We came across a really interesting piece in Wired last week that speaks to perhaps one of the more unspeakable questions. What is the best exit off-ramp for an SMB SaaS company?
The piece offers an intriguing idea for tech companies to boost growth. Turn top users into shareholders in order to turbocharge their customer advocacy. One of the Wired piece’s authors was involved in an effort a few years back at Twitter to make its users co-owners of the company. The proposal was apparently put to Twitter shareholders but received only a smattering of votes.
The piece goes on to explain that in 2018, Uber and Airbnb approached the SEC about granting equity to their users. In this case, that means drivers and hosts, respectively. Here’s what Airbnb’s letter suggested. “The increased alignment of incentives between sharing economy companies and participants would benefit both.”
This would drive more loyalty from users of a platform. By offering equity to customers, the platforms could build advocacy. Perhaps like none we’ve seen.
Suitable for a Struggling SaaS?
So here’s why we are intrigued by this notion. Consider a SaaS company that is in the mid-stage of its growth but cannot seem to push through to the next scale milestone. Imagine if that company could choose to, rather than hire and onboard hundreds of SDRs or BDRs, provide equity to its best users.
Now those users become a self-driving advocacy group, encouraging additional adoption by their peers in the local markets they operate in. For today at least, we’re not going to run a model to demonstrate the potential financial outcomes might look like. We do think such an exercise could prove compelling. Just think about the roughly $100,000 a new BDR consumes over a year in onboarding, training, and so on.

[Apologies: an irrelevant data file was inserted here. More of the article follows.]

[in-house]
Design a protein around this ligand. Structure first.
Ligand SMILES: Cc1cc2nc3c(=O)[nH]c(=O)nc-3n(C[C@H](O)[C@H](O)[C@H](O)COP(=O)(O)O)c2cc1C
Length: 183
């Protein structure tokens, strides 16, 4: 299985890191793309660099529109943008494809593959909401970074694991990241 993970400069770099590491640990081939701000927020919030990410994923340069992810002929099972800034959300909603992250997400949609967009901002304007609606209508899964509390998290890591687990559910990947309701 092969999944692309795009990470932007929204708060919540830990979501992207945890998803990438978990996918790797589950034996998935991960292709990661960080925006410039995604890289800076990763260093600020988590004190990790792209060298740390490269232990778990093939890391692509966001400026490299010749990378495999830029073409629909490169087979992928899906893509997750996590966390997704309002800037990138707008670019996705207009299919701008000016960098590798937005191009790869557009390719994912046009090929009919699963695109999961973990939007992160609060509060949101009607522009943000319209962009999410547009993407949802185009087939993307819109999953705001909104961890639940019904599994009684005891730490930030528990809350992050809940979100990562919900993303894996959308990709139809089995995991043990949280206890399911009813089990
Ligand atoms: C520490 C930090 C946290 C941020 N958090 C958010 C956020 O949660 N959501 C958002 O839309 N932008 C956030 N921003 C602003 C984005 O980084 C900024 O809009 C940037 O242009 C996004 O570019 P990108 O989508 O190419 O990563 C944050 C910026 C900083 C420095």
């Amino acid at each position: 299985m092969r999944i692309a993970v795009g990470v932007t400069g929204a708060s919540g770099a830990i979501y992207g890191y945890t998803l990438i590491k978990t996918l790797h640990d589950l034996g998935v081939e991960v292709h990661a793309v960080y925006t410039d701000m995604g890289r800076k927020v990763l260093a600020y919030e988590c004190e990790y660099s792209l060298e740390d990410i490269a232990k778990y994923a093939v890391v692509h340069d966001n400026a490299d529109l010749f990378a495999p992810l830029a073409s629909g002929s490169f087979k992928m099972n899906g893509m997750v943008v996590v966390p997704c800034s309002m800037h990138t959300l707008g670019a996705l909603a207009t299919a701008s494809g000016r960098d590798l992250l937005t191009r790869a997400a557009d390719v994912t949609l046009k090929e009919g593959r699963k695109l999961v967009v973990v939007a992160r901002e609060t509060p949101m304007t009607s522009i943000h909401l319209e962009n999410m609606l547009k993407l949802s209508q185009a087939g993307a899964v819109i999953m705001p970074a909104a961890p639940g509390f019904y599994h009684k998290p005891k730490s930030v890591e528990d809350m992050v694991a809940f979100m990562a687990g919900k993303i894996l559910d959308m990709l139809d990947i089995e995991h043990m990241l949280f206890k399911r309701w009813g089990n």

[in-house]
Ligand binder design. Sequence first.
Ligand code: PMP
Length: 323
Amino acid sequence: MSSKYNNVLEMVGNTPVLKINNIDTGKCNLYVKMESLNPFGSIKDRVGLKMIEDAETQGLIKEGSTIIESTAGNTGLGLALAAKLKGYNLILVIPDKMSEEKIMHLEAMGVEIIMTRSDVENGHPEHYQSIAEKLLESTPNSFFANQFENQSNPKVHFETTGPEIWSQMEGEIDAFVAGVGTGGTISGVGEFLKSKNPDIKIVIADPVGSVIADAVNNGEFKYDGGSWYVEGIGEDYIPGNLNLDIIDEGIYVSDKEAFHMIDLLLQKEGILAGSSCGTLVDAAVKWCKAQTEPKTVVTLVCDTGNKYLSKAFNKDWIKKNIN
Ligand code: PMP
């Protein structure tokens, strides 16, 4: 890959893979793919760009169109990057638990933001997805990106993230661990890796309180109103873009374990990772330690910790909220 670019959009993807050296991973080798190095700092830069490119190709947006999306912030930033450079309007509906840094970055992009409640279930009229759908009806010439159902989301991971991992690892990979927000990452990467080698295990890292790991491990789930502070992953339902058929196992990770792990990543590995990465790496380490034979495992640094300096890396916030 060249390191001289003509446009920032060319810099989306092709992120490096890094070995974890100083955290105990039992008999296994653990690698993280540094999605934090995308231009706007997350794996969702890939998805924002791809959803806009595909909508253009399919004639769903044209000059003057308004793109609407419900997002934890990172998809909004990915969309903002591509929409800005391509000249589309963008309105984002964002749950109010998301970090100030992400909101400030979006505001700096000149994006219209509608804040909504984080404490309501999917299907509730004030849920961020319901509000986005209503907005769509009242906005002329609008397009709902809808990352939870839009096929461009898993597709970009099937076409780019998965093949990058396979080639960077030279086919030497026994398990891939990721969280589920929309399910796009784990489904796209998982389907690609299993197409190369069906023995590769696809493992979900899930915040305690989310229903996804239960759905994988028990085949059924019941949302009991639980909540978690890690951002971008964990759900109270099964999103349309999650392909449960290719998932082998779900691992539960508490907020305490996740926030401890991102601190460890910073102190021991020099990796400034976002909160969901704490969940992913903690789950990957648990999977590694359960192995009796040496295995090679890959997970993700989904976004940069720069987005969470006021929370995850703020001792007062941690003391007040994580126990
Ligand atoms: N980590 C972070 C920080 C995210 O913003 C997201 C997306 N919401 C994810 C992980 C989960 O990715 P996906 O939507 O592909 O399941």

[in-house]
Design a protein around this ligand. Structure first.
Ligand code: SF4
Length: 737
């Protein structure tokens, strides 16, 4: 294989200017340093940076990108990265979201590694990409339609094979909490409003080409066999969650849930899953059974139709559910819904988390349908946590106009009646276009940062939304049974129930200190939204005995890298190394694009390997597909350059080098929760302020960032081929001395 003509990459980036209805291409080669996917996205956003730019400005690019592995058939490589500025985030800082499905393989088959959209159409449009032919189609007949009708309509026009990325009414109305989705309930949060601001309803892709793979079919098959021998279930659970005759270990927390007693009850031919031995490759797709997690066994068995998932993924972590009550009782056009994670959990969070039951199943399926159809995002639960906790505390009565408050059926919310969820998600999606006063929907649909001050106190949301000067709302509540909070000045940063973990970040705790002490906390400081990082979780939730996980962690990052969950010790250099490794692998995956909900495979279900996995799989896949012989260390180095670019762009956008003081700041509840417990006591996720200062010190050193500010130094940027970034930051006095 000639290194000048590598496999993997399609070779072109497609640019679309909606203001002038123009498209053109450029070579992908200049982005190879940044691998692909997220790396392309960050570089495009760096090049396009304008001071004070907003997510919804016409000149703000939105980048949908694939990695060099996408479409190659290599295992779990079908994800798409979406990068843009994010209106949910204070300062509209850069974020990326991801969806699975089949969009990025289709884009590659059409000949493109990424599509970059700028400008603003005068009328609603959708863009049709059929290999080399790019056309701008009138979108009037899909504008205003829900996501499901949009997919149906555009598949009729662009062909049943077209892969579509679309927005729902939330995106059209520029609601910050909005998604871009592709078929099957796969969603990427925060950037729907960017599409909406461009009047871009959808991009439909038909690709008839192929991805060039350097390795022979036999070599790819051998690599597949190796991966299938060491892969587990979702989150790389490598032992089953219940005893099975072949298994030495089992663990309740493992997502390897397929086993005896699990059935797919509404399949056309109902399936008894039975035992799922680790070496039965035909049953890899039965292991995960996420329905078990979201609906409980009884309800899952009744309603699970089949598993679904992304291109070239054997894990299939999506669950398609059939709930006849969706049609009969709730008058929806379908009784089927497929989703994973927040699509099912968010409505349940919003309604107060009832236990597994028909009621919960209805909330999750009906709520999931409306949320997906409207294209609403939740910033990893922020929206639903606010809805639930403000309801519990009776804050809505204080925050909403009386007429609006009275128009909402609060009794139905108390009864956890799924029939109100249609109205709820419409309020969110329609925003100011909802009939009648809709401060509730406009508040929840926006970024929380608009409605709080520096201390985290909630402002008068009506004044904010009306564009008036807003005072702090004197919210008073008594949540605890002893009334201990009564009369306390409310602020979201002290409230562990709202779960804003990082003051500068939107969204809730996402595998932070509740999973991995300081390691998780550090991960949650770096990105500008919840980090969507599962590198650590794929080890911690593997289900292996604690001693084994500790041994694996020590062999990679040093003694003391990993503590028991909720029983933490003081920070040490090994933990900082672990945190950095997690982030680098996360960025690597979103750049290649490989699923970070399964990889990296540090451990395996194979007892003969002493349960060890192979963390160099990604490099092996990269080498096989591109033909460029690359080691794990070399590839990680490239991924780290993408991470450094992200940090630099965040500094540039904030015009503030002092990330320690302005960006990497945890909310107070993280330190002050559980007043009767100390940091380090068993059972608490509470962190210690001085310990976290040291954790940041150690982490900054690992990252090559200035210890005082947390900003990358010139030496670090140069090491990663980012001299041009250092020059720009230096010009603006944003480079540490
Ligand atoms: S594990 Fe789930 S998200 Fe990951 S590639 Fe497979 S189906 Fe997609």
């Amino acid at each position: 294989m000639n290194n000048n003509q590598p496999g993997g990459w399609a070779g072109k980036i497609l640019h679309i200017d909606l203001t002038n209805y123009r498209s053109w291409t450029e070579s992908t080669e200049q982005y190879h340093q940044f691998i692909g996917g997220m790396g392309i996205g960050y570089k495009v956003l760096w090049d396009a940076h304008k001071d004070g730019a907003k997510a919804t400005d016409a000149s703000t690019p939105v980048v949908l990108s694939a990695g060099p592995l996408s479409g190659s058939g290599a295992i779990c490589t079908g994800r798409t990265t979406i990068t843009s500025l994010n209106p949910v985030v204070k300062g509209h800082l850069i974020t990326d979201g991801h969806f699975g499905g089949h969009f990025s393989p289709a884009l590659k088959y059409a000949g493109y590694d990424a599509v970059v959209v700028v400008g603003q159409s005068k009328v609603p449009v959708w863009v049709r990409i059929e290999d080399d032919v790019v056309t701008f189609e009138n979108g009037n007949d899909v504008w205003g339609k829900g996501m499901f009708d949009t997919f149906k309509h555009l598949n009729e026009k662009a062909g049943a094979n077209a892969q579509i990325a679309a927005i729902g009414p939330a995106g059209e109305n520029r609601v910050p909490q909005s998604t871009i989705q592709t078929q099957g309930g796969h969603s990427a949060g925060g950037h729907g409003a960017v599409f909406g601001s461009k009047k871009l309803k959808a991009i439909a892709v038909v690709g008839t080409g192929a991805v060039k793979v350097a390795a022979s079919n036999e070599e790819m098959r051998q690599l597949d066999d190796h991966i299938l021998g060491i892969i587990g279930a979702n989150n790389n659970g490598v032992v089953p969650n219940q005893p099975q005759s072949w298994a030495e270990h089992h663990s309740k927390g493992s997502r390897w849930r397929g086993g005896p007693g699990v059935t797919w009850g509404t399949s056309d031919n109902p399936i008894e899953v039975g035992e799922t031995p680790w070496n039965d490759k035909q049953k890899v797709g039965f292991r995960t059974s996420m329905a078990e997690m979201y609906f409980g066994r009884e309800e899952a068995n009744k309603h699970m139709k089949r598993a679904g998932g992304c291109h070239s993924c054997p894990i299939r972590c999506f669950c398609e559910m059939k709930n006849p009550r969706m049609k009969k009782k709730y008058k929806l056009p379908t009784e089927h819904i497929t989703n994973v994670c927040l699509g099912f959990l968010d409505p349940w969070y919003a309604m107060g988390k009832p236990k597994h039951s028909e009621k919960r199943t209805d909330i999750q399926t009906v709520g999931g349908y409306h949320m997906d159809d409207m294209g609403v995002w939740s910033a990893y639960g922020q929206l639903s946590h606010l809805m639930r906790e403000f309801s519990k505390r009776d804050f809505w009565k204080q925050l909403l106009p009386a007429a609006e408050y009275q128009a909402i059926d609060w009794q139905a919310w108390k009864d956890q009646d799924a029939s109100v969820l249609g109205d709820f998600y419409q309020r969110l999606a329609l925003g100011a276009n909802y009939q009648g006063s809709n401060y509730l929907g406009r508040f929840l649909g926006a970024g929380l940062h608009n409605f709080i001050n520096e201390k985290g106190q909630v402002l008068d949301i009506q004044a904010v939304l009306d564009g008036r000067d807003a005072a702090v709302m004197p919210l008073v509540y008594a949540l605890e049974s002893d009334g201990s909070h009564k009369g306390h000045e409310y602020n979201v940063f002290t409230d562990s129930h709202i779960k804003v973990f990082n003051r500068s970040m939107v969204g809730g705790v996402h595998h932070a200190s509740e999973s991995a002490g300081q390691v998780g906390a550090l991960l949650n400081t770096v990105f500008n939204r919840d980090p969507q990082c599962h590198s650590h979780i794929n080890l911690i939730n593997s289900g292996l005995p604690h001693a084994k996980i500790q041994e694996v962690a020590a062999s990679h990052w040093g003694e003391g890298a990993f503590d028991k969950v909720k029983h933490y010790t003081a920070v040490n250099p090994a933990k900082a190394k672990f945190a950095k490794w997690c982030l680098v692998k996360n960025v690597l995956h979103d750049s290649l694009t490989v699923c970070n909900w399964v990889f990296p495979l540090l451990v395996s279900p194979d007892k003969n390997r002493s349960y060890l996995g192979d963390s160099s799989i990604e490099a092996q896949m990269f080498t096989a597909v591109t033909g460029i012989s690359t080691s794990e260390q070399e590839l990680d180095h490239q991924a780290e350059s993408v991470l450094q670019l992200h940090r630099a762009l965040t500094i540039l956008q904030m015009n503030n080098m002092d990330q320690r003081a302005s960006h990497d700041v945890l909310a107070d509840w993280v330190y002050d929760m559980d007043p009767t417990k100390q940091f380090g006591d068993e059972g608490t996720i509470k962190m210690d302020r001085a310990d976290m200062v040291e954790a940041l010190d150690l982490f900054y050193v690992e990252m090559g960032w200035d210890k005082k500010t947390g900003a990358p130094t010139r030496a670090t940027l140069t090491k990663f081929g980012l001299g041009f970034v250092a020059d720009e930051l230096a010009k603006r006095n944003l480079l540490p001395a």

Now consider what the hard costs would be of arming an already loyal user with a few shares of equity. That already loyal user now has the additional motivation to “scream from the treetops” to tell their peers, colleagues, maybe even competitors about the virtues of the platform.
Turbocharged Customer Advocacy
This leads us to wonder the following. Imagine you’re an eight-year-old SMB SaaS solution – perhaps operating at the intersection of reputation, conversation, and commerce. You’ve been pushing hard for almost a decade, your growth has slowed, there are a lot of similar products in the marketplace. Differentiation is challenging. The VCs will sign up for more but that requires a herculean effort to drive up customer counts. But that, of course, comes with dilution.
Now instead of pushing down that path, you identify your best 1,000 users. You can identify them from your internal data. Then you grant each say 20 shares of company stock and take care of any tax consequences. You simply cut them in on the growth and financial success of the company.
Now all of a sudden your sales team is fielding inbound calls from SMBs your best users have pointed your way. Your CAC starts to drop precipitously, usage by the new customer cohort exceeds that of earlier cohorts and your sales team is pushing a rock downhill instead of uphill. Seems pretty glorious, right?
This idea seems to be getting some initial traction. According to the Wired piece, late last year the SEC proposed allowing gig companies (why just gig companies?) to pay up to 15% of compensation in equity. For the SaaS company, this would involve giving a customer a piece of the company.
Please comment and let us know what you think. What’s wrong with this idea? Has anyone out there tried it?